It’s important to notice gender differences, especially if one gender is valued above another as a general rule. But alternating male and female pronouns shouldn’t be the end goal: a deeper awareness of and openness to God’s presence is what we seek. The words are sacred not because of any magical property, but because we are drawn through them into God’s loving embrace.

Isn’t that the point of this often said phrase? God is, was, and will always love us; God holds our past, present, and future; we are never lost to God.

Save us, help us

Officiant: O God, make speed to save us.

People: O Lord, make haste to help us.

Why these words at the beginning of a noonday prayer service? It’s not likely that anyone praying them is in mortal danger. Anyone who is in such a predicament isn’t likely to have their BCP in hand, after all. As I pondered these words for the past few days, these thoughts arose…

The officiant is the one who asks God to save us, not the people. Although we shouldn’t need it, having a leader ask for God’s saving presence gives the rest of us permission to do the same. Everyone needs God’s saving love and presence, and asking for it is a sign of wisdom rather than a terrible weakness.

Most of us are okay with giving help, but needing help? It takes strength to admit to needing help; it’s easy to consider needing a help a character flaw rather than a universal human truth.

Asking God for help, admitting our need to be saved by God, is easier with practice. If the words become part of us, we will have them when we need them. Practice may not make perfect, but it certainly makes for sufficiency.

I may not need saving from a physical danger at the moment, but I do need saving from things that kill the soul and maim the spirit. Disdain for others and self, hopelessness, and a perspective so limited that I am unable to act with love and compassion are deadly if not in an obvious way. I may not wish someone harm, but without recognizing my limitations and my need for God’s saving love I may not wish them well – and I certainly won’t be willing to foster their wellbeing.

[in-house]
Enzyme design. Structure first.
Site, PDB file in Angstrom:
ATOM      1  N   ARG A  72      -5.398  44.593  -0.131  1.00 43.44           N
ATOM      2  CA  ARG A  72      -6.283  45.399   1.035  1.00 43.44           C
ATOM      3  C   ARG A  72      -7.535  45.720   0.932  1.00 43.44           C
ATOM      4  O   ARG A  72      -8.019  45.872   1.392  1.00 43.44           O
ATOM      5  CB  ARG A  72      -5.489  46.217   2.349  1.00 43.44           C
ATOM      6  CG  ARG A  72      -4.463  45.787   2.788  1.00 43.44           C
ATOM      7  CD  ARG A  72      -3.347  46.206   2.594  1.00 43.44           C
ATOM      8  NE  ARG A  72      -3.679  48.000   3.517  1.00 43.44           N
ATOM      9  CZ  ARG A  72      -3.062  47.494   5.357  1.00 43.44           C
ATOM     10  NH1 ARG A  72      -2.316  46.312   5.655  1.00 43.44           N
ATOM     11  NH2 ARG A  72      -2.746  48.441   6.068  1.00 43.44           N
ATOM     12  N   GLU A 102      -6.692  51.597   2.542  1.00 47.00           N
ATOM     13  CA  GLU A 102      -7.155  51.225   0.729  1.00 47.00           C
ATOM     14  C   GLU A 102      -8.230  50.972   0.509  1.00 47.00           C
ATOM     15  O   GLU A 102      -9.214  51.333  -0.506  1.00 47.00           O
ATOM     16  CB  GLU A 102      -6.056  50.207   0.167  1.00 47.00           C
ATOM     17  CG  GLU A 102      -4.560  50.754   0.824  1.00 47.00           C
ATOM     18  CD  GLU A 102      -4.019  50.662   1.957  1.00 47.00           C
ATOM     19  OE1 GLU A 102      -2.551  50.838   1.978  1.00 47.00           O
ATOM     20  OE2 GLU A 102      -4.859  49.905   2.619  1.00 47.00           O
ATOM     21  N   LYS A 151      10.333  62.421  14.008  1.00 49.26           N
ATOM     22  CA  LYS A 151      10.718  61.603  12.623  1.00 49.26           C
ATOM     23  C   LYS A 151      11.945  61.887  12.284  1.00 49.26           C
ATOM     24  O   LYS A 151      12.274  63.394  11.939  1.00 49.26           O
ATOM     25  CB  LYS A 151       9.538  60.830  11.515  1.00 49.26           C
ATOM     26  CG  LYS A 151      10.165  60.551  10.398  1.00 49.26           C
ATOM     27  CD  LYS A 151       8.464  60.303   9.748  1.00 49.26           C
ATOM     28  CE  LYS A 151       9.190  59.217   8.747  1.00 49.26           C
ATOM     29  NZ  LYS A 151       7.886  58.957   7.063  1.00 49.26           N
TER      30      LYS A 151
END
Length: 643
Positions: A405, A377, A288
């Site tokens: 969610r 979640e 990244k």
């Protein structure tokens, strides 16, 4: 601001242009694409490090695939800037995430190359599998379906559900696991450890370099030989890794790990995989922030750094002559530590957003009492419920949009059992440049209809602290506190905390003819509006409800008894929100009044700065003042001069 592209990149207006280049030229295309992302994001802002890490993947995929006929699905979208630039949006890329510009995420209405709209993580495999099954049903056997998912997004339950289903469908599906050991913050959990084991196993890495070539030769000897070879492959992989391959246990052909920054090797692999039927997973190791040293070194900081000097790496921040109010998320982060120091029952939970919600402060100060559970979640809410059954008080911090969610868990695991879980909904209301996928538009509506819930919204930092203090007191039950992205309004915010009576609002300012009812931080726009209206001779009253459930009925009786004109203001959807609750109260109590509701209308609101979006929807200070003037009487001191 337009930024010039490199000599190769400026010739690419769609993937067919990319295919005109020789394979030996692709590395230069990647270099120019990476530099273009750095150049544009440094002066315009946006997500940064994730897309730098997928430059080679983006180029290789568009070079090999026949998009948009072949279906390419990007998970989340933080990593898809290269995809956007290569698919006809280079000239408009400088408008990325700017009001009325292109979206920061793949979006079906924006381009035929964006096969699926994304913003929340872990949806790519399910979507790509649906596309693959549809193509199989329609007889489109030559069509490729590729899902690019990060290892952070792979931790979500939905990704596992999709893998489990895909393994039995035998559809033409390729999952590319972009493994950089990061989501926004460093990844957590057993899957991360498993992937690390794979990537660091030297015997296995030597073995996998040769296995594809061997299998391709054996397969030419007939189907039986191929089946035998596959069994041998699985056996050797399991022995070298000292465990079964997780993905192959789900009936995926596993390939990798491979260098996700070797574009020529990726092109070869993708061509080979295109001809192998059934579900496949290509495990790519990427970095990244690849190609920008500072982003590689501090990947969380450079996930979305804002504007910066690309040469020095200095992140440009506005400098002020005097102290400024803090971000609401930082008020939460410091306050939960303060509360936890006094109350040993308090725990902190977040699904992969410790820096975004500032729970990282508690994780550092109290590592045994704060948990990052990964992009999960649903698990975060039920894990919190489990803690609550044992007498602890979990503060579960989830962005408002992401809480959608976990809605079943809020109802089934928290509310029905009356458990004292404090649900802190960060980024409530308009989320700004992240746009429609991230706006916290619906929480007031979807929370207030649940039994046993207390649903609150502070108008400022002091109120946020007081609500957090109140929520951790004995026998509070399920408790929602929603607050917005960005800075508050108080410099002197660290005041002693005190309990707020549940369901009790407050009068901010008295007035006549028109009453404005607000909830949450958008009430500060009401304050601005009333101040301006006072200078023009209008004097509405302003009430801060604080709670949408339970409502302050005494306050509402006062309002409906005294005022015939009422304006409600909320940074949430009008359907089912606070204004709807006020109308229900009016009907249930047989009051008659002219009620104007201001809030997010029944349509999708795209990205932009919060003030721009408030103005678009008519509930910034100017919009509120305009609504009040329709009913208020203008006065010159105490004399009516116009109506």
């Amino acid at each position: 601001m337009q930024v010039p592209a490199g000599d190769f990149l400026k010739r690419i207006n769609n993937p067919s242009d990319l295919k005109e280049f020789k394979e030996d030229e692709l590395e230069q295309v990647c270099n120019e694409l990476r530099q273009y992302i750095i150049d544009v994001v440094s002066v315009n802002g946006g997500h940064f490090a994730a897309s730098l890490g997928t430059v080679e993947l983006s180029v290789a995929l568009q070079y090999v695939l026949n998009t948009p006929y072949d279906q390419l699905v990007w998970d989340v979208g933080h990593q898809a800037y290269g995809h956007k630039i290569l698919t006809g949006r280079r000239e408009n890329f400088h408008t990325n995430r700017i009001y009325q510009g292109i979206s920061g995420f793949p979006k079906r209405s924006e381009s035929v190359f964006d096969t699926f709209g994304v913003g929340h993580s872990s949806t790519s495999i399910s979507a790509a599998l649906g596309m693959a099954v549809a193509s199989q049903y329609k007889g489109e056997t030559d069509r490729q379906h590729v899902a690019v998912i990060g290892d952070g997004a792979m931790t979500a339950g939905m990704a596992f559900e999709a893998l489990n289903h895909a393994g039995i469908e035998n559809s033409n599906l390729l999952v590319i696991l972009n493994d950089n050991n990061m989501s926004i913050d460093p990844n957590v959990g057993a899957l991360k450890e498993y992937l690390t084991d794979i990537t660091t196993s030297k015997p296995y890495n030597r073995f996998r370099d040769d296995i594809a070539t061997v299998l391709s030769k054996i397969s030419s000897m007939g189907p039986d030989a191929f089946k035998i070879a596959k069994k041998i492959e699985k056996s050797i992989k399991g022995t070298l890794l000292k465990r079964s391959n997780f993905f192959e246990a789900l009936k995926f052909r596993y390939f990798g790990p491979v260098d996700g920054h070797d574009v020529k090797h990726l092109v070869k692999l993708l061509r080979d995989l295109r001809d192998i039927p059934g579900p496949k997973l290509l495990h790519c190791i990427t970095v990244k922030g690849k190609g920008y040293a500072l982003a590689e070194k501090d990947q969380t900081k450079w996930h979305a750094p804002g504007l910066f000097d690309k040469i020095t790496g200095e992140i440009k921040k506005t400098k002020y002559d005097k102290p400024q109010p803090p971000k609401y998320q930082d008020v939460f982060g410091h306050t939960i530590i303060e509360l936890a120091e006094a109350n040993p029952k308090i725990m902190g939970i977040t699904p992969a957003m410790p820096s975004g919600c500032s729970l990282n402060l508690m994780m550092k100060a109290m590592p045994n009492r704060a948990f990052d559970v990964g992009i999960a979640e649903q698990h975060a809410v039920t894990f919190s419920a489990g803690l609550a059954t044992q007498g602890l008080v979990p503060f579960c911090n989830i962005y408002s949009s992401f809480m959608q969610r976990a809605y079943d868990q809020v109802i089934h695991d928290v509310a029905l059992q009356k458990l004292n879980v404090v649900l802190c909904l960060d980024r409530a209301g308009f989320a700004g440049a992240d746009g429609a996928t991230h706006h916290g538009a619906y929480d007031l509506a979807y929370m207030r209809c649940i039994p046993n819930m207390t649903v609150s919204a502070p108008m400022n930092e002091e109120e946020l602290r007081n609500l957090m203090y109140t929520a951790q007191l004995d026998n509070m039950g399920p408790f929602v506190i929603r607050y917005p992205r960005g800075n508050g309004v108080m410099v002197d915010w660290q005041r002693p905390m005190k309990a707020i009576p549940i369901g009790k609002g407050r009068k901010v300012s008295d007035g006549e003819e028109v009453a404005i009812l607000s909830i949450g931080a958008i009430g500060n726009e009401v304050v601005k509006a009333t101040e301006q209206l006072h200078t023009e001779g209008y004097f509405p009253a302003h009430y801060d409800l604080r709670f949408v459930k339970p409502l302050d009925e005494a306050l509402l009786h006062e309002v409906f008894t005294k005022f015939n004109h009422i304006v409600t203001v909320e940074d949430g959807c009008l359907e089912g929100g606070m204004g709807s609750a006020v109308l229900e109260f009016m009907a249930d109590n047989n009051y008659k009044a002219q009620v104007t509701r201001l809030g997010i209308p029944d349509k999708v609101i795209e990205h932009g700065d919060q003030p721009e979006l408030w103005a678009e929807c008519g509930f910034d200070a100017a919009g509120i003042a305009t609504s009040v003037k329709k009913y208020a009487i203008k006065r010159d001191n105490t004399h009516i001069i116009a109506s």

In the middle of the day, in the company of others, I am asking for help. Only with God’s help and saving grace can I hope to love God, myself, and others. I’m so very glad there are others asking for help, too…

Officiant and People

Officiant: O God, make speed to save us.

People: O Lord, make haste to help us.

Officiant and People

Glory to the Father, and to the Son, and to the Holy Spirit: as it was in the beginning, is now and will be forever. Amen.

There’s no “officiant only” service that I’ve ever seen, something that doesn’t require the presence or participation of anyone else. Sure, any of the services can be prayed by someone in solitude – but there’s no pretending that no one else exists.

That makes sense to me, reminding me of a deeper truth; you and I are part of a much larger, older community of prayer that is not limited to the souls currently alive on this planet. You and I, we are part of an unbroken chain of prayer that stretches back to the beginning of creation and will stretch well beyond the span of our lifetimes. Neither as officiant nor as one among the people do we ever pray and praise by ourselves.

Worship isn’t a spectator sport or a television soap opera. It isn’t the job of the officiant to perform for me. I am asked to show up and participate, to serve as a conversation partner in this most basic act of honoring God.

What a wonderful and necessary requirement.

Noonday Prayers

I pray in the morning, I pray in the evening, but I don’t pray at noon on any kind of a regular basis.

I’m familiar with Morning Prayer and Vesper liturgies, but not the Noonday service.

I say prayers throughout the day, depending on what I see, hear, and feel; I don’t say mid-day prayers as a routine activity. There’s no “noonday prayers” on my calendar. Why is this?

Our Muslim sisters and brothers pray at noon as part of their every day faith, stopping in the middle of activities to orient themselves toward God. Isn’t it time I give this a try?

I hope you’ll join me. With these words, let us begin…

O God, make speed to save us.

O Lord, make haste to help us.

 

Maintenance